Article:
Life Expectancy of People with Intellectual Disabilities
Taken together as a single population, people with intellectual disabilities (intellectual developmental disorder, formerly mental retardation) have an overall shorter life expectancy than do their non-disabled counterparts; but, there is considerable variation depending upon the underlying cause of the disability. Nevertheless, the life expectancy among persons with intellectual disabilities has dramatically improved over the past few decades. Twenty years ago, people with Down syndrome were expected to live to about the age of thirty-five. Today, these same individuals would be expected to reach fifty-five years of age before expiring. Overall, the life expectancy for individuals with intellectual disabilities averages in the sixties, while the life expectancy for individuals without intellectual disabilities averages in the seventies.
As mentioned, some people with intellectual disabilities are at greater risk than others, depending upon the particular cause of their disability. For instance, individuals with Tay-Sachs do not typically survive childhood. Individuals with Cockayne syndrome Type I are expected to die in their teens, while individuals with Cockayne type II usually die before the age of seven. Cardiovascular disease and diabetes are common complications in Williams syndrome. Individuals with Down syndrome are prone to Alzheimer's disease, with affected individuals tending to die within eight years of diagnosis.
Roughly 75 percent of persons with intellectual disabilities reside with family members who are themselves aging. As caregivers become increasingly incapacitated and unable to care for themselves, they simultaneously become less able to care for their disabled family members. Medical crises affecting the caregivers' lives create a sort of double jeopardy as their disabled family members will then become displaced and require alternative care arrangements.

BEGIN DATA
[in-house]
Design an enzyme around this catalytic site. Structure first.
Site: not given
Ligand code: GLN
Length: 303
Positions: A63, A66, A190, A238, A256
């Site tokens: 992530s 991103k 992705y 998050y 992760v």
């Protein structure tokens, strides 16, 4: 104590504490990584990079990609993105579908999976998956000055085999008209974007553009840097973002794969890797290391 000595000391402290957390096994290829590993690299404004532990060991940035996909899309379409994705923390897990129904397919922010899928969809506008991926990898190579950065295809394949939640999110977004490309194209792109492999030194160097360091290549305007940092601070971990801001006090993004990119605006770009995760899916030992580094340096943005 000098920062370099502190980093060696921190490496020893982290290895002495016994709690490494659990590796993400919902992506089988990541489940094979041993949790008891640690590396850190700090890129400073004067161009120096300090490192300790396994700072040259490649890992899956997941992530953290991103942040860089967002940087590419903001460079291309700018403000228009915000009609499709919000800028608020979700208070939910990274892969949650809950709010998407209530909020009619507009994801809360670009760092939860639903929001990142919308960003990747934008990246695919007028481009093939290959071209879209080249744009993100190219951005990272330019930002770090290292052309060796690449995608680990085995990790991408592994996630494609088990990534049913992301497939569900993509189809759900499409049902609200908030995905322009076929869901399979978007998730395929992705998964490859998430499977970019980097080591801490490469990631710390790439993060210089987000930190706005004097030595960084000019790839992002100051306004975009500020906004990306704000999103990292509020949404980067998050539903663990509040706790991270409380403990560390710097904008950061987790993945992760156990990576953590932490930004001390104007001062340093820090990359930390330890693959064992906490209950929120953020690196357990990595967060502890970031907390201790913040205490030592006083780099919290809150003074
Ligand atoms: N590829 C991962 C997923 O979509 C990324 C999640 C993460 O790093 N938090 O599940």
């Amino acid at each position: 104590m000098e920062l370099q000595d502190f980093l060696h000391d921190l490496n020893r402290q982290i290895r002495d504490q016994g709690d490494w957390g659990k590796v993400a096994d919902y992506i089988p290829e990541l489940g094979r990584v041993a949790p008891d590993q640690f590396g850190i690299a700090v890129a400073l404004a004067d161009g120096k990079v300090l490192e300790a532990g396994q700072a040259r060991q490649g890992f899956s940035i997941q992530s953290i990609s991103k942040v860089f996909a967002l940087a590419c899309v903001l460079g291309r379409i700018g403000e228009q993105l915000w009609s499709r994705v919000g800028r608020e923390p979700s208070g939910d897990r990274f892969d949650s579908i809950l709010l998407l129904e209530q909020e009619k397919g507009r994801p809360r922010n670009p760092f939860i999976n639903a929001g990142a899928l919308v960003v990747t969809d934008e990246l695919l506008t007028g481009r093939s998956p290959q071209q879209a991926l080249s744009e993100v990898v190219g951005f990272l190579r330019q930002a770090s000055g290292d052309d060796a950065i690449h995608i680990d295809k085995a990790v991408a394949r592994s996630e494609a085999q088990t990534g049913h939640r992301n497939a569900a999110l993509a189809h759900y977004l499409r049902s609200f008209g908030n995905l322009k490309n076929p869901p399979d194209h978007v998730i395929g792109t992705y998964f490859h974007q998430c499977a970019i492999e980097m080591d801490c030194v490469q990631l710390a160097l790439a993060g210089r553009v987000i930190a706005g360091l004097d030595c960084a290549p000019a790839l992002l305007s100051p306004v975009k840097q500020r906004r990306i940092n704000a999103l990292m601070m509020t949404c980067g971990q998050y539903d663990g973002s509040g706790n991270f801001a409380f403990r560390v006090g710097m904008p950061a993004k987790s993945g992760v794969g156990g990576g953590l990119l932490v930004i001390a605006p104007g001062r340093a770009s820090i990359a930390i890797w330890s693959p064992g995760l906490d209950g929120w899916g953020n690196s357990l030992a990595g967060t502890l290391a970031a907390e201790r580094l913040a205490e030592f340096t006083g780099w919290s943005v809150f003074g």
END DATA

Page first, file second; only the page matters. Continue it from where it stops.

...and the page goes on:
Service coordination specialists (also known as case managers) from various social service agencies can sometimes assist in these "dual crises" by arranging and coordinating shared care arrangements for all parties in need. For example, some nursing homes will accommodate a shared living arrangement for parents and their dependent adult children with intellectual disabilities, and some facilities will even welcome their pets.
Because the probability of caregivers becoming incapacitated is rather high after a certain point in their lives, it is advisable for these aging caregivers to carefully plan for this inevitability. It is often advisable to consult with an attorney to ensure these plans are thorough and can be implemented without legal difficulties. Despite the best planning, a change in living arrangements is stressful for anyone, and people with disabilities often find these changes even more stressful. Therefore, many professionals suggest that aging caregivers consider making a gradual transition before they are suddenly incapacitated. For instance, some supported housing arrangements permit part-time residency in order to facilitate a period of adjustment for new residents. Each community has different resources and housing options so it is wise to research the different choices in advance, so that the person with an intellectual disability can be guided to make a selection that matches their specific needs and abilities.